Natural Language & Linguistic Theory

, Volume 36, Issue 2, pp 323–363 | Cite as

Free choice free relative clauses in Italian and Romanian

  • Ivano CaponigroEmail author
  • Anamaria Fălăuş


This paper aims to bring back to the linguistic scene a largely neglected character that is encountered in Italian and Romanian. This character exhibits a novel combination of morphological, syntactic, semantic, and pragmatic features that, separately, are already attested across languages. It looks like an embedded non-interrogative wh-clause introduced by a wh-phrase that is either made of or contains a wh-root with an affix: the suffix -unque in Italian or the prefix ori- in Romanian. We show that this construction exhibits the same morpho-syntactic properties as -ever free relative clauses in English and the same semantic and pragmatic properties as headed relative clauses introduced by the free choice determiner any in English. Therefore, we label our character a free choice free relative clause. We argue for a syntactic analysis of free choice free relative clauses as true free relatives rather than headed relatives and for a semantic analysis along the lines of some recent proposals about related free choice constructions. We also discuss the meaning of wh-words occurring in free choice free relatives and in related constructions and emphasize the importance of not taking for granted that morpho-syntactic identity necessarily coincides with semantic and pragmatic identity across languages.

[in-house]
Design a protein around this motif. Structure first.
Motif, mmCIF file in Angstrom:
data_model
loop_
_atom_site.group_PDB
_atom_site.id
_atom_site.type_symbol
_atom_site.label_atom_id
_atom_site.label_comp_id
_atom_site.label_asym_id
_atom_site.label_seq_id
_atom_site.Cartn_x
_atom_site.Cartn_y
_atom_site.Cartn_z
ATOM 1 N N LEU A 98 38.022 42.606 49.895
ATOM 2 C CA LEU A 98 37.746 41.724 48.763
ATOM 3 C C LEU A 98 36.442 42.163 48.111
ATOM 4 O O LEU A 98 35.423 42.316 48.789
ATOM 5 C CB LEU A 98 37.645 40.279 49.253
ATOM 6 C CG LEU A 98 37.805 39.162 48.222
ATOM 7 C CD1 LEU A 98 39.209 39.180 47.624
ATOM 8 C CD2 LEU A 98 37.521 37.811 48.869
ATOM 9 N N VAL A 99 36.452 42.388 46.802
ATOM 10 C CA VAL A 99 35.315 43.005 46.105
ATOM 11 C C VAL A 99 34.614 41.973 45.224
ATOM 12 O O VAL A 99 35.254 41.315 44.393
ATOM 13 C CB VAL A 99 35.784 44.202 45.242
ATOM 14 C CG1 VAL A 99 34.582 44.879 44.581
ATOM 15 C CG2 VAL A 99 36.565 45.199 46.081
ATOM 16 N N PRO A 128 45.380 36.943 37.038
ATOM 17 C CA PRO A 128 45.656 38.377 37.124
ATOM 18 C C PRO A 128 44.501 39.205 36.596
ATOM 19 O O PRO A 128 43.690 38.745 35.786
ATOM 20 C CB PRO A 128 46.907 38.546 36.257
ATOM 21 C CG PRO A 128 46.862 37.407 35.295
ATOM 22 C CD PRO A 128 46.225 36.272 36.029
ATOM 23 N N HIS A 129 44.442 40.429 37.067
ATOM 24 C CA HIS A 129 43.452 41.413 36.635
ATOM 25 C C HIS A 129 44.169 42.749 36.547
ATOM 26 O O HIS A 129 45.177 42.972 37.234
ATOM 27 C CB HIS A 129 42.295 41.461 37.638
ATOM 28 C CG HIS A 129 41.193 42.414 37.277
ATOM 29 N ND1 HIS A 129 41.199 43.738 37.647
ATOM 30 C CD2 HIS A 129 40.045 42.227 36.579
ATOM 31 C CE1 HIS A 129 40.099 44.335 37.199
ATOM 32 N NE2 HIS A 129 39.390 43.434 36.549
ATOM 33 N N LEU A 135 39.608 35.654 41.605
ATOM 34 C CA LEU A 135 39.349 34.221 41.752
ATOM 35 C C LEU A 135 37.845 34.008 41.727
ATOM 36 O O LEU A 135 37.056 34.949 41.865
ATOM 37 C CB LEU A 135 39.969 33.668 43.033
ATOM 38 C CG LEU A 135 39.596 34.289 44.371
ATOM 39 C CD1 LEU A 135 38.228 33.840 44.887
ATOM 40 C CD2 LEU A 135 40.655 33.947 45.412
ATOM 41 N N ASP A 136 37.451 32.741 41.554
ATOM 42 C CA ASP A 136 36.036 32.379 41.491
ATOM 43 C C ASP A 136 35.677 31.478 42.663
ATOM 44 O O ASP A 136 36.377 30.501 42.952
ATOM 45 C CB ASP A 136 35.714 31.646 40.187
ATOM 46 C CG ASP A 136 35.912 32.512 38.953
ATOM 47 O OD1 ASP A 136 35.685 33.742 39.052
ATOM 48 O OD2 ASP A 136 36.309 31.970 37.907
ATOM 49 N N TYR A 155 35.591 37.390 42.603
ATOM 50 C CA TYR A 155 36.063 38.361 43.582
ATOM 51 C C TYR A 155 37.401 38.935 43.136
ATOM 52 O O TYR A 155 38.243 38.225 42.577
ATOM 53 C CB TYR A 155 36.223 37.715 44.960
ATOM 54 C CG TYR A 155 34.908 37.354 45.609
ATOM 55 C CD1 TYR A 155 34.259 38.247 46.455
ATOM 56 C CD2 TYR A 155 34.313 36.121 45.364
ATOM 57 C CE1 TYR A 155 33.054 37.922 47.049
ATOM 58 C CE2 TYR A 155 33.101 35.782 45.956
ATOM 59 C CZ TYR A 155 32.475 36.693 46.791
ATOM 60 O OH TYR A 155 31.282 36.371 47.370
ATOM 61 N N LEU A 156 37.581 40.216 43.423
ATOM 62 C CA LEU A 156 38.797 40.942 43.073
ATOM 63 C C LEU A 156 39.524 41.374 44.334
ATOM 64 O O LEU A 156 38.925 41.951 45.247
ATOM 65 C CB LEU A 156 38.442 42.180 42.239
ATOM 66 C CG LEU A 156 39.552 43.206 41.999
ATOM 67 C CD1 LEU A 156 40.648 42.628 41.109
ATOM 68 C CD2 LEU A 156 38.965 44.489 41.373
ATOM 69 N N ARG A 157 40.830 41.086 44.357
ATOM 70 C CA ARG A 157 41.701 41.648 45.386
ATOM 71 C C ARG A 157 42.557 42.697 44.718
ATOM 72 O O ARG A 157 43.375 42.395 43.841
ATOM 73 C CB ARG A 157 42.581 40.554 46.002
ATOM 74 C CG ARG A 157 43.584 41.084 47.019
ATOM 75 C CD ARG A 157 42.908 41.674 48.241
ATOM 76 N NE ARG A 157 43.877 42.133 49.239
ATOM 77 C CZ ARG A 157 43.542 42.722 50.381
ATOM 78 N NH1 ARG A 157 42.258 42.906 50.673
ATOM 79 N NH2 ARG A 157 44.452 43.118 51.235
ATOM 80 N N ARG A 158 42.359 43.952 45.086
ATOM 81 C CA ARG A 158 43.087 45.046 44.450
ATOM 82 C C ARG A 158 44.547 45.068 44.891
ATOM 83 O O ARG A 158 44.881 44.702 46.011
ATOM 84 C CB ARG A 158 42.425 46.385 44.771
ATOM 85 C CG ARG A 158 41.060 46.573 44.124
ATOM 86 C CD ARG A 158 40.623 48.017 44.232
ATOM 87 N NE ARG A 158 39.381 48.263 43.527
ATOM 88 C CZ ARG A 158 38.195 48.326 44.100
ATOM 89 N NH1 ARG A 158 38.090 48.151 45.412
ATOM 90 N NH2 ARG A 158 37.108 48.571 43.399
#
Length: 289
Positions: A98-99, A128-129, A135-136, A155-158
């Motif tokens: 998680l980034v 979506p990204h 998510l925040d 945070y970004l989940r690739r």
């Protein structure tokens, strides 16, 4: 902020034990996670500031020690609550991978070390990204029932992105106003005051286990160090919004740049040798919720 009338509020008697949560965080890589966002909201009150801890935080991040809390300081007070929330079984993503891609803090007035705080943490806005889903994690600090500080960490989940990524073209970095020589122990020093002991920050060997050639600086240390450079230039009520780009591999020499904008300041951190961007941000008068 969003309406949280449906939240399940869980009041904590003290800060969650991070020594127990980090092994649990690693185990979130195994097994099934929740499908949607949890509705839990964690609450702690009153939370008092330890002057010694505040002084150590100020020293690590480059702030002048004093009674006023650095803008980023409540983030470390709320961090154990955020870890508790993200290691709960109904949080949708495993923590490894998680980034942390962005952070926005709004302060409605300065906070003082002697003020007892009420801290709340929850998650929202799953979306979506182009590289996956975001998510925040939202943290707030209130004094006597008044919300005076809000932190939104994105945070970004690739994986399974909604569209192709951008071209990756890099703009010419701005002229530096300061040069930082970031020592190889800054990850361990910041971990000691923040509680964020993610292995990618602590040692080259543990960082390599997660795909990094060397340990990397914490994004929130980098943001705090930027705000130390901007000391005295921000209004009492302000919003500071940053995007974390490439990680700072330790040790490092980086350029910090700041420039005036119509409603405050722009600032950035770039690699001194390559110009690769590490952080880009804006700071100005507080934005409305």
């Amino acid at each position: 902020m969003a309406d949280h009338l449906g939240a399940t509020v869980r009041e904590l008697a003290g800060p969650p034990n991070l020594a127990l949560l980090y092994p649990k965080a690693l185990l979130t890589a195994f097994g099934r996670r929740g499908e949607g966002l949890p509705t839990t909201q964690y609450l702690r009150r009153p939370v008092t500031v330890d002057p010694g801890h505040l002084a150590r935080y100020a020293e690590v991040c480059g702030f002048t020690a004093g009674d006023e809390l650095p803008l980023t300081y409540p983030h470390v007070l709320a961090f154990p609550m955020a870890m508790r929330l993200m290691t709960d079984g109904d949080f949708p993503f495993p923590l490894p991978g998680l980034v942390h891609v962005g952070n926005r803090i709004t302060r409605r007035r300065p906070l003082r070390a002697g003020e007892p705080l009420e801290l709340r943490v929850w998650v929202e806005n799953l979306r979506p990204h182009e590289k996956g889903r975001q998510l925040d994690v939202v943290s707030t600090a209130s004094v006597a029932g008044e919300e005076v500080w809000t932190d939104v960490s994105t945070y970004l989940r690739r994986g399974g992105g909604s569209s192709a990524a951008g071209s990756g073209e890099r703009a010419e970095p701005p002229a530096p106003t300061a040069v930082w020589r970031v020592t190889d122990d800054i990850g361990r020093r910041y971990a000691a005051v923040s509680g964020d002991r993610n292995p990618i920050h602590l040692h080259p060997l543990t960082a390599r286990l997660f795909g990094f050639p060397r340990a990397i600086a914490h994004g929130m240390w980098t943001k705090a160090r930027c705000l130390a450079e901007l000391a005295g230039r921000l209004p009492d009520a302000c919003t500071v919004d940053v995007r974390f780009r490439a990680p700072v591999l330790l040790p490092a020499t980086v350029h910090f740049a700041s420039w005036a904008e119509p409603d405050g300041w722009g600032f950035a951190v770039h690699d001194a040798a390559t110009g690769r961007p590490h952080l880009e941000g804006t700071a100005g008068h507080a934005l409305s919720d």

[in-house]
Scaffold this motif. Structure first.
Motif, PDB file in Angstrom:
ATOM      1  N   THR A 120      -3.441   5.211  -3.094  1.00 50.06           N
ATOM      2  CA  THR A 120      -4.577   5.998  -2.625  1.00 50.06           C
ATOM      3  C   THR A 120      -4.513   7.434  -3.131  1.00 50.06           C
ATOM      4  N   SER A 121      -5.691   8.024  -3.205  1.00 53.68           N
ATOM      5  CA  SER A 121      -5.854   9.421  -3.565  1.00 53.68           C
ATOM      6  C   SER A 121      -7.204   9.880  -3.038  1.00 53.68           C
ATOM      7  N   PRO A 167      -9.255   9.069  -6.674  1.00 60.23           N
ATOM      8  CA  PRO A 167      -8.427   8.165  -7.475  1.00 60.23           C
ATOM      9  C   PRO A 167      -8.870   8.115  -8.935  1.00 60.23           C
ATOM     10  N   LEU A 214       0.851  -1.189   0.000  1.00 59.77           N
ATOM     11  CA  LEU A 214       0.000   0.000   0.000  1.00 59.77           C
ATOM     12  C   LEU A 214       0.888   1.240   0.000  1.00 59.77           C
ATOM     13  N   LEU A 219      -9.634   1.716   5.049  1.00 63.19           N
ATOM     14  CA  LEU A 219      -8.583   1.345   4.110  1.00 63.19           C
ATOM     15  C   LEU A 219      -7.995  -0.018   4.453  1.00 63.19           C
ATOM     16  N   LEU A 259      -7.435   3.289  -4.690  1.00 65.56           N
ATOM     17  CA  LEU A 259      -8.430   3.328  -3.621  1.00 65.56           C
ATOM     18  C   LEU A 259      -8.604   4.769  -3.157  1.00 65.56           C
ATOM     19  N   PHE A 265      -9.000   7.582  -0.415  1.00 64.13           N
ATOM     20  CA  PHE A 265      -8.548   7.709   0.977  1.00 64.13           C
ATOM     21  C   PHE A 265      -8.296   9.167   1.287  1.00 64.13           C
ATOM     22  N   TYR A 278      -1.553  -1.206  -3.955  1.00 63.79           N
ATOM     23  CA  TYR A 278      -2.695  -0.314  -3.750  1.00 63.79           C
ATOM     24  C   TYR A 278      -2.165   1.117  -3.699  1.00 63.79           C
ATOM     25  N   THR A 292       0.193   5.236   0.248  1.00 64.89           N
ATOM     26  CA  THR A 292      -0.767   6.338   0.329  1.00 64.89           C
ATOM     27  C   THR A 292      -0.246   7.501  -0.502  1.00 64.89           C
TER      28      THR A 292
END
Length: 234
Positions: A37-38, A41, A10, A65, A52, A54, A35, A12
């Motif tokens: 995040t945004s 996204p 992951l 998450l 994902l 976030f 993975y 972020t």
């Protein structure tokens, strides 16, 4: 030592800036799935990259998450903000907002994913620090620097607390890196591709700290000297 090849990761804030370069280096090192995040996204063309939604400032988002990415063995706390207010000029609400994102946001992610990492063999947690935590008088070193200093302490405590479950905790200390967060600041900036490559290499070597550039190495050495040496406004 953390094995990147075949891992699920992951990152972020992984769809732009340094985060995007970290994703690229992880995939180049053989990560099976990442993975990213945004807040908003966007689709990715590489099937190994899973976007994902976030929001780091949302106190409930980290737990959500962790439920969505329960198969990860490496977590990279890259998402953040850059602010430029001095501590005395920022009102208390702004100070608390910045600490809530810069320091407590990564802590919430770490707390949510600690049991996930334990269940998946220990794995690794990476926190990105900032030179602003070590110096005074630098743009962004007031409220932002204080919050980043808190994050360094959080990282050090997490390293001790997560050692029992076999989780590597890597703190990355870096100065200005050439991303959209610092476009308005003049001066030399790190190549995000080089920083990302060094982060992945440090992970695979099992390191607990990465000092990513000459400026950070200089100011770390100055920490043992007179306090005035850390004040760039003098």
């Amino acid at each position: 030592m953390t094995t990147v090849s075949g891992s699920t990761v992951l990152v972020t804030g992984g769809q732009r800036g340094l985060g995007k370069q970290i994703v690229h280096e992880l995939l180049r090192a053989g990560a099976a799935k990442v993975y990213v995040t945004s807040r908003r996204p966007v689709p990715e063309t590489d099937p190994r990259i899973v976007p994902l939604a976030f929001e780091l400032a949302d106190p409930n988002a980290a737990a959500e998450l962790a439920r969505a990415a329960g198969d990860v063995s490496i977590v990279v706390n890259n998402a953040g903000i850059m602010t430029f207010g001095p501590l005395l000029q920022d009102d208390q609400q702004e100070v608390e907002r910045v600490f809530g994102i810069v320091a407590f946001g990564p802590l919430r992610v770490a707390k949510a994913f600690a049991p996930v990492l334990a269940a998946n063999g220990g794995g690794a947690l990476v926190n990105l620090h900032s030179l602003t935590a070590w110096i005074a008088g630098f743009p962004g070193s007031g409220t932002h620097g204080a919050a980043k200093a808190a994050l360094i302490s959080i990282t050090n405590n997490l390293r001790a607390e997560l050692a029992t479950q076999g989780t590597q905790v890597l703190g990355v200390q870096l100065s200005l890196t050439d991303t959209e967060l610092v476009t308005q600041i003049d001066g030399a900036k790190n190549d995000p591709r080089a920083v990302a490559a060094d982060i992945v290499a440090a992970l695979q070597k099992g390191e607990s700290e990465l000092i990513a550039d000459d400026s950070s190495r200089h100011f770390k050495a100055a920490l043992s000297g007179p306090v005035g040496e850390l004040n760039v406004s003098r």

Free choice Free relative clauses Free choice “any” Wh-words 



We are extremely grateful to Gennaro Chierchia, Veneeta Dayal, and Donka Farkas for their invaluable suggestions, comments, and criticism, in addition to the inspiration they provided with their own work. We would like to thank Emanuela Arosio, Andrea Beltrama, Luciano Caponigro, Gennaro Chierchia, Flavio Feniello, Onelia Rivolta, Jacopo Romoli, and Ubaldo Talarico for sharing their native intuitions and judgments about Italian, as well as Oana Draga, Donka Farkas, Ion Giurgea, Oana Lungu, and Andreea Nicolae for sharing their native intuitions and judgments about Romanian. We are also grateful to Guglielmo Cinque, Cleo Condoravdi, Daniel Kane, Gary Patterson, Carson Schütze, Harold Torrence, three anonymous reviewers, and the audiences at the Linguistics Department at Rutgers University and the Linguistics Department at the University of California Santa Cruz. Anamaria Fălăuş gratefully acknowledges funding from the Basque Government (IT769-13). We, the authors, are solely responsible for any remaining mistakes.


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© Springer Science+Business Media B.V. 2017

Authors and Affiliations

  1. 1.Department of LinguisticsUniversity of California, San DiegoLa JollaUSA
  2. 2.Division CNRS (French National Center for Scientific Research)Laboratoire de Linguistique de Nantes (UMR 6310)Nantes Cedex 3France

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